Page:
Sunday, February 21, 2016

Extended-release antiepileptic drugs

Seizures may result in physical, psychological, and social repercussions. One might assume that people with epilepsy would adhere rigorously to their medication regimens in order to prevent these deleterious outcomes. However, epilepsy patients, like patients with other illnesses, do not always take their medications as prescribed.

Furthermore, an inverse relationship exists between the number of doses prescribed per day and adherence: The more frequently medication must be taken, the less likely it is the patient will consume all doses. Many patients fail to achieve 100% adherence even with once-a-day dosing. Although 100% medication adherence does not guarantee seizure control, lack of adherence, not surprisingly, may result in increased seizure frequency.
More than 25 years ago, Cramer and colleagues  used a medication event monitoring system to measure adherence in several groups of people with epilepsy. The system records the time that the medication bottle is opened on a computer chip contained within the cap. The results can then be printed and analyzed when the patient returns for follow-up.
Even though patients had consented to the study and knew they were being monitored, only 76% of doses were taken as prescribed. Adherence was 87% for once-a-day medications, 81% for twice-daily medications, 77% for medications taken three times daily, and only 39% for those taken four times daily.
Other adherence studies have revealed similar results.  These findings provide a clear rationale for clinicians to limit the number of daily medication doses for each patient in order to optimize adherence.
Extended-release (ER) preparations offer a means to decrease dosing frequency compared with immediate-release (IR) medications. In addition, ER preparations offer more consistent serum drug levels with higher troughs, which may protect against breakthrough seizures, and lower peaks, which may mitigate dose-related side effects…
Although compliance may be enhanced by a once-a-day ER product, clinicians may hesitate to prescribe such preparations because the consequences of a missed dose may be more severe owing to the extended interval before the next dose.  Pellock and Brittain  recently addressed this issue in an industry-sponsored computer-modeling pharmacokinetics study. Defining "forgiveness" (F) as the "margin of therapeutic effect following a missed dose," the authors calculated F as the difference between duration of action (D) and dosing interval (I), or F = D – I.
Concentration/time curves were calculated for IR and ER formulations (called "XR" in their study). For both formulations, duration of action increased with larger doses. The duration of action was longer post-dose for ER than IR products, which tended to mitigate the drop in level from a missed dose.
The authors observed, "Compared with TID [three times daily] dosing of the IR formulation, the forgiveness interval was the same (XRBID) or even longer (XRqd) with the XR AEDs." They attributed this effect to the slower release rate and prolonged time of absorption of the ER product.
The choice of an AED must be individualized for each patient, taking into account such factors as patient age, comorbidities, seizure type, epilepsy syndrome, adverse events, genetic profile, formulation (liquid, tablet, capsule, sprinkle), insurance coverage, and medication cost.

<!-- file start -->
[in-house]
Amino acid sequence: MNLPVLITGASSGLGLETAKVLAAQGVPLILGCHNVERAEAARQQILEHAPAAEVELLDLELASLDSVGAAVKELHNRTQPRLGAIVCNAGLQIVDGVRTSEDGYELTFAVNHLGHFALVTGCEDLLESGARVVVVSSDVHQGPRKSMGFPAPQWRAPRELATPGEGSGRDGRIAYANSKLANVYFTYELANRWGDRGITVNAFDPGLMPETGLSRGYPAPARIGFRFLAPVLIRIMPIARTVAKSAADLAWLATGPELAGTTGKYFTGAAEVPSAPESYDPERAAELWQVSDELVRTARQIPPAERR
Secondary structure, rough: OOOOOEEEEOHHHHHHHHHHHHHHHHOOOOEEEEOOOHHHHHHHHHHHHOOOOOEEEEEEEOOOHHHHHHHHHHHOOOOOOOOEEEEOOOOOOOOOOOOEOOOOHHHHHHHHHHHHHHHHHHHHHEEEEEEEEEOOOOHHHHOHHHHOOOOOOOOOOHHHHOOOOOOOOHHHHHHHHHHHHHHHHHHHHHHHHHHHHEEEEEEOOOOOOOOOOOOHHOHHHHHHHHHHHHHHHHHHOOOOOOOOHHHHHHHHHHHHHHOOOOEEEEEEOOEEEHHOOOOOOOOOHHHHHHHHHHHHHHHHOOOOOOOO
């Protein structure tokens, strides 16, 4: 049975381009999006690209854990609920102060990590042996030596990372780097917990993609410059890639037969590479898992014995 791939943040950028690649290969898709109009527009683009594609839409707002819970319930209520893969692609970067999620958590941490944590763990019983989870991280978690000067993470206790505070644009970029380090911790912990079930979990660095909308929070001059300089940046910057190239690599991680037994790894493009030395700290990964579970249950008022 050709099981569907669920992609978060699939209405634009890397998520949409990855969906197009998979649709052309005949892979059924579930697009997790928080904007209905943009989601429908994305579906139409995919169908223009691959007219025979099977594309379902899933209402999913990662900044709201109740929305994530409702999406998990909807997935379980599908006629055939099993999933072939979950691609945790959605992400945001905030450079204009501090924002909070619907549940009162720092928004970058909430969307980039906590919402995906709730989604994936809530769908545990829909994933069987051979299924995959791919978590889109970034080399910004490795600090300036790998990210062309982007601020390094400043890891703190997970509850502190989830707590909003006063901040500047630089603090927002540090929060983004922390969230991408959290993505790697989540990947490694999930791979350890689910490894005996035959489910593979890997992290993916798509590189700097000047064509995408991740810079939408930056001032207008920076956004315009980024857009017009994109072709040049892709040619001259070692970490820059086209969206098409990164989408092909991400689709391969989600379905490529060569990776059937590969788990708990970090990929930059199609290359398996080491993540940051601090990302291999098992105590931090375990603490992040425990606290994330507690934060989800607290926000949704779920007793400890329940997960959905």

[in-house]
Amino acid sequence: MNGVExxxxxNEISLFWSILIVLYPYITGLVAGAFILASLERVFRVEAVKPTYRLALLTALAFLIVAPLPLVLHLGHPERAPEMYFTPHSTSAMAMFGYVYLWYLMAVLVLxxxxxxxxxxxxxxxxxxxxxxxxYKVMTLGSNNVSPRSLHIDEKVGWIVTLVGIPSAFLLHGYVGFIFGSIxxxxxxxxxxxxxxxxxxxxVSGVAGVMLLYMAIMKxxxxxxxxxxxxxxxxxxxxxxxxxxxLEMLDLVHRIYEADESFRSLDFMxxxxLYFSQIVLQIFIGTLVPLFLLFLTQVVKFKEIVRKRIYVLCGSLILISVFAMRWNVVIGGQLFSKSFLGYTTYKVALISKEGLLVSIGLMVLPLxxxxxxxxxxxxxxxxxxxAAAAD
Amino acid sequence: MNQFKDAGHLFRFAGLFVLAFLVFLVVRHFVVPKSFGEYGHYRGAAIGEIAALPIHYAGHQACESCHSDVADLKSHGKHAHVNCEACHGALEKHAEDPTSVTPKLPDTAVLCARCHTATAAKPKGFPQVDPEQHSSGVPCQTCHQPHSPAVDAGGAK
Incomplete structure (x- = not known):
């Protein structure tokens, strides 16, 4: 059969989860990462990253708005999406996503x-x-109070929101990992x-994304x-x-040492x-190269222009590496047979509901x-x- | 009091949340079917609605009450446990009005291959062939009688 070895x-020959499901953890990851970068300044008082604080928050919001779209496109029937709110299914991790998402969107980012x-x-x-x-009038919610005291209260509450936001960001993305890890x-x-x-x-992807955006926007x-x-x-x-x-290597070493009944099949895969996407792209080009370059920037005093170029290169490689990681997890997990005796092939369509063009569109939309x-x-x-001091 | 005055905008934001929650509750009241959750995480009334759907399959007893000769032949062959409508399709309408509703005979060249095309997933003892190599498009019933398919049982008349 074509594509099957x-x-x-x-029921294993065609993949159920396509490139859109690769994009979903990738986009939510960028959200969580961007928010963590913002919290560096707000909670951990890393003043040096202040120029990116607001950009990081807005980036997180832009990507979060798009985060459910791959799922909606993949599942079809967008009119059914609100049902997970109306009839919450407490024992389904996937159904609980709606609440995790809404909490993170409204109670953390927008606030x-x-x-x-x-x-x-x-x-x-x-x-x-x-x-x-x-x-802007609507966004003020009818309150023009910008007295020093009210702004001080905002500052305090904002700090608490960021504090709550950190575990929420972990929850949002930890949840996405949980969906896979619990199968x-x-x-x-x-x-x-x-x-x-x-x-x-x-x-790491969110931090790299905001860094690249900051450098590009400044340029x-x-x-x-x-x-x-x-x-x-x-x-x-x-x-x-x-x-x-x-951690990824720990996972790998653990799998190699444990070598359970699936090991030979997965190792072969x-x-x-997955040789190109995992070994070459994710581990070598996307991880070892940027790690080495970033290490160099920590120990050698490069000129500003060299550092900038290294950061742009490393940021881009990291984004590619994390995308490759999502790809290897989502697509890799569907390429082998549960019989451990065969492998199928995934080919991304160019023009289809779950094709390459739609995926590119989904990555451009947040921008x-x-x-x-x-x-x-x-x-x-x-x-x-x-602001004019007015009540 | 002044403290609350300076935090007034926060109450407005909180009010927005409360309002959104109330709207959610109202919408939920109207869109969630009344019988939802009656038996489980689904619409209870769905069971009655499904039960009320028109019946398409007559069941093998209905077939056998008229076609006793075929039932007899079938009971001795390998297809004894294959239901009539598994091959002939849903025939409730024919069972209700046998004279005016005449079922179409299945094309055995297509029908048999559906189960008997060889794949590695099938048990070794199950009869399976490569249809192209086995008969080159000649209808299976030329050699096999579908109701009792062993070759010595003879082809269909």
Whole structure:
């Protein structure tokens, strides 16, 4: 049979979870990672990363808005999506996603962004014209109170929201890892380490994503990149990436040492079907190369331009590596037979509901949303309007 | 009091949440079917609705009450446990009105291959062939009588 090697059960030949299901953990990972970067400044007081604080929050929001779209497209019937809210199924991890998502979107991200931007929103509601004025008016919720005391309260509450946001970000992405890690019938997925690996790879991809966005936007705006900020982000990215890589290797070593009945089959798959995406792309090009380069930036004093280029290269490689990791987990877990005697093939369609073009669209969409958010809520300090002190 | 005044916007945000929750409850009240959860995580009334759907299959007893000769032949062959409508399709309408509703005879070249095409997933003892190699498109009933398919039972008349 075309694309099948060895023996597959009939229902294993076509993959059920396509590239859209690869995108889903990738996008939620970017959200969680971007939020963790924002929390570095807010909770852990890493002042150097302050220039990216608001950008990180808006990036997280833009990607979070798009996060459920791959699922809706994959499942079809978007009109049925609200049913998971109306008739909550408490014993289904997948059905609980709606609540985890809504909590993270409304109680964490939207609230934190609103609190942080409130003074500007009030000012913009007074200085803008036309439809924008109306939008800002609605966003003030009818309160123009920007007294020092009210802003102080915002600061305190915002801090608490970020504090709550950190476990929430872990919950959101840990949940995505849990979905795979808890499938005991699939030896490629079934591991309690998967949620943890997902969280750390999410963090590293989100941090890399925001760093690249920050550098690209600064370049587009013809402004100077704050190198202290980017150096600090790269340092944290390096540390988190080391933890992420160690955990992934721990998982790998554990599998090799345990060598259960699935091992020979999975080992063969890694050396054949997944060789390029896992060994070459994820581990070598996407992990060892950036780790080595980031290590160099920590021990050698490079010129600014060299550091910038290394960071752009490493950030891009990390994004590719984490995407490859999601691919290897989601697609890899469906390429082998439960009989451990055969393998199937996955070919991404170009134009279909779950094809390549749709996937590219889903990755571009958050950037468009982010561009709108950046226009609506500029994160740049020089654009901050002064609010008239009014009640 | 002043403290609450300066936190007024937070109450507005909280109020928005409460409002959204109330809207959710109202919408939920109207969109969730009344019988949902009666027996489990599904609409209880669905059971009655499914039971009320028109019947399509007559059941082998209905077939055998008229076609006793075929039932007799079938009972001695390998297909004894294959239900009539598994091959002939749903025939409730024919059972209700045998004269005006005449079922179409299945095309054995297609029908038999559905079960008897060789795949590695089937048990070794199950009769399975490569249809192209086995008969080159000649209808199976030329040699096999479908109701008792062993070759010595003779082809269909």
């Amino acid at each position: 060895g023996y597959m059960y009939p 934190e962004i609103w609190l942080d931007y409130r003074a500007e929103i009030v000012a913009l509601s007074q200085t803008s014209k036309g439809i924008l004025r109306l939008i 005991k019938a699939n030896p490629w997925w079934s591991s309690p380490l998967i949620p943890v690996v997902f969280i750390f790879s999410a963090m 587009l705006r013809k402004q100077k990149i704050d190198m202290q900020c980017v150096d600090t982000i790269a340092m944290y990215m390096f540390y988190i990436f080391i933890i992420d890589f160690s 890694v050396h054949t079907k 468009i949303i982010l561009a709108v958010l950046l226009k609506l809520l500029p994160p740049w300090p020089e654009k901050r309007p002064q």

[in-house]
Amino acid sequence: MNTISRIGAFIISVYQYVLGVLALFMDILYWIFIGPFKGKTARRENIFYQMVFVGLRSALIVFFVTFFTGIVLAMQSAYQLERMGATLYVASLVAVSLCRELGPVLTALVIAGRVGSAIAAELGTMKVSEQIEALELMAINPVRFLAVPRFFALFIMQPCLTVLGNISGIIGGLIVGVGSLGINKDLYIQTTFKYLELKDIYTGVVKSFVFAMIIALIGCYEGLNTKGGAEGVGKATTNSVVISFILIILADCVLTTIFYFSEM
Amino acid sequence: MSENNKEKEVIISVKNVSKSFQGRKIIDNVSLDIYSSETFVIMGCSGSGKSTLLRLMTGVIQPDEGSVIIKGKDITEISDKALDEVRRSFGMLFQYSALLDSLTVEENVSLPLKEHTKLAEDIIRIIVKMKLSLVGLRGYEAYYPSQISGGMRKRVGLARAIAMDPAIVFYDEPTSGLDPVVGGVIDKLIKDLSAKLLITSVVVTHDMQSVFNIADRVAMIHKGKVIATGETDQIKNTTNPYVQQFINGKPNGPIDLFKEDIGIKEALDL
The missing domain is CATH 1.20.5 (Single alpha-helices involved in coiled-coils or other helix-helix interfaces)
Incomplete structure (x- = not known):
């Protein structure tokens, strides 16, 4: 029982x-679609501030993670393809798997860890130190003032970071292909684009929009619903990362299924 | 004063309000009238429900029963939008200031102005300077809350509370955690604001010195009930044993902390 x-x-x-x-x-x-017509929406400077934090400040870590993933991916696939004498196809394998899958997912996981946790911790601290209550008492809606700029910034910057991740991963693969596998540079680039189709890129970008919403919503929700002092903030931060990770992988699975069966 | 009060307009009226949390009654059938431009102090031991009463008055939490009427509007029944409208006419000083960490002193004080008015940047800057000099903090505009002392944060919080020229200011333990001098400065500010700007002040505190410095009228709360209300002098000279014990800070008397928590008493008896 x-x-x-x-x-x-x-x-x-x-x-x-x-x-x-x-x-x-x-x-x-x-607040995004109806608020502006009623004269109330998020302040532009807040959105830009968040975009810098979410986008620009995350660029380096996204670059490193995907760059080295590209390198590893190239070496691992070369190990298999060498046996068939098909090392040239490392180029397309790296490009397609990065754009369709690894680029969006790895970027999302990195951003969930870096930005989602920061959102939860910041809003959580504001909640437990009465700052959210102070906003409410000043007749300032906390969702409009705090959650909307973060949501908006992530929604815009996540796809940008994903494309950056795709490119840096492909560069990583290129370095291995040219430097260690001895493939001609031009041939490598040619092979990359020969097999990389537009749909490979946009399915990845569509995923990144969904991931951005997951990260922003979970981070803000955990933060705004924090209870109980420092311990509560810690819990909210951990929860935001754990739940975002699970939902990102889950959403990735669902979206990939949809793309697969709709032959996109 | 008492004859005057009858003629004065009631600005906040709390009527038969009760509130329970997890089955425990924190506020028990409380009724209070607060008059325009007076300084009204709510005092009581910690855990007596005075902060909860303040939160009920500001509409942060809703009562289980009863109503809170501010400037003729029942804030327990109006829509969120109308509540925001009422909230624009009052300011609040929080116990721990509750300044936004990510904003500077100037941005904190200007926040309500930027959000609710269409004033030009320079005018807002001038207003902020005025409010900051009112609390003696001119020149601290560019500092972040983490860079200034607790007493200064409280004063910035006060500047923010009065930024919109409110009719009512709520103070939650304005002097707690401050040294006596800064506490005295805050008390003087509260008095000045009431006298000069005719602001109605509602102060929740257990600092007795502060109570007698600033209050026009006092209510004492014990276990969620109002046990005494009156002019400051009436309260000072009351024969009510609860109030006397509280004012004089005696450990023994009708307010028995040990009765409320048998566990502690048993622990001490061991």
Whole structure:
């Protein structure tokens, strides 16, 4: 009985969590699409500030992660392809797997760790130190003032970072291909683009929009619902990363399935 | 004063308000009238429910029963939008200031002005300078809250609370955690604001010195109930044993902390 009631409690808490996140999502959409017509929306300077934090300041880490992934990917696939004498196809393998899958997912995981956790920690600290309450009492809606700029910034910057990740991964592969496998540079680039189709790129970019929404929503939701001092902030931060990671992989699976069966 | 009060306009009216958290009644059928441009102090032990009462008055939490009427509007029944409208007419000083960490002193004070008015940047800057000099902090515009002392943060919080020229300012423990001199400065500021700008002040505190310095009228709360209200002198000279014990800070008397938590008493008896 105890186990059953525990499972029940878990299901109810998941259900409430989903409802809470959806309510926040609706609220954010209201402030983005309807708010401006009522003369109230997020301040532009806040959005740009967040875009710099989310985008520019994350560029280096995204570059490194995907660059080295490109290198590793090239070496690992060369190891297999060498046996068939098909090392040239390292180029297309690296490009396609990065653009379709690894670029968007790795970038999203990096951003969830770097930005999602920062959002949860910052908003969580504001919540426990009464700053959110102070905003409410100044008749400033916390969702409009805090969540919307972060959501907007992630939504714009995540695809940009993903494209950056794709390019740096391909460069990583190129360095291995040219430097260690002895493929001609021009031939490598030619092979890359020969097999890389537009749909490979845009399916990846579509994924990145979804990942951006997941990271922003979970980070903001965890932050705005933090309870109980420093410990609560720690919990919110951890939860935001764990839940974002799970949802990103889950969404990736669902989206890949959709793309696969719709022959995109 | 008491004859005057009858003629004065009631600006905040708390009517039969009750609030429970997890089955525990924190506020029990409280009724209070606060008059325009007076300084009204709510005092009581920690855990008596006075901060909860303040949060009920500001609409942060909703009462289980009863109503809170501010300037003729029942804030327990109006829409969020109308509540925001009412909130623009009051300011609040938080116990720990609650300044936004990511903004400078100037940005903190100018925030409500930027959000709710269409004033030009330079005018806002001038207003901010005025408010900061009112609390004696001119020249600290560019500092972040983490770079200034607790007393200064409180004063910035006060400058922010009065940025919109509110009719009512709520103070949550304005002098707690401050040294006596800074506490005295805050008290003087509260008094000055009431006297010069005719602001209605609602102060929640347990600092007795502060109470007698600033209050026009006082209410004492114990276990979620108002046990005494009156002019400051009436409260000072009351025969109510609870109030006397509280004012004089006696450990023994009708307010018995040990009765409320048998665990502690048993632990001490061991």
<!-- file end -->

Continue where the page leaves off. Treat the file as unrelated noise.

A choice must also be made between IR and ER preparations, and sometimes between different ER preparations. Pharmacokinetic modeling by Pellock and Brittain suggests that patients may benefit from ER products without necessarily suffering a larger drop in serum level compared with an IR product after a missed dose. More detailed in vivo comparative studies between ER and IR products that include seizure counts, adverse effects, and serum levels would fortify their argument.
Nonetheless, ER preparations offer the possibility of improved tolerability, more stable serum levels, and enhanced adherence and should be considered for appropriate patients. In addition, all patients with epilepsy should be educated regarding the importance of not missing a dose, whether they are taking an IR or ER product.

1 comment:

  1. Pellock JM, Brittain ST. Use of computer simulations to test the concept of dose forgiveness in the era of extended-release (XR) drugs. Epilepsy Behav. 2016


    "Forgiveness" - the difference between a drug's postdose duration of action and its prescribed dosing interval - estimates the margin of therapeutic effect following a missed dose. Because this margin presumably decreases as dosing becomes less frequent, QD dosing of an antiepileptic drug (AED) is expected to be less forgiving than more frequent (e.g., BID) dosing of that same AED. However, if the AED is reformulated as an extended-release (XR) preparation, drug input may be prolonged relative to its immediate-release (IR) counterpart. It therefore stands to reason that forgiveness could be increased by an XR AED that extends the period during which therapeutic plasma concentrations are maintained if a dose is missed. Computer simulation was used to estimate forgiveness for an IR formulation of a hypothetical AED and its XR counterparts reformulated for less frequent dosing. Simulations determined forgiveness when the hypothetical IR AED was dosed TID, BID, and QD and when suitably designed XR formulations were dosed BID and QD. Simulations showed that forgiveness for an XR formulation can equal or exceed that for an IR formulation dosed more frequently.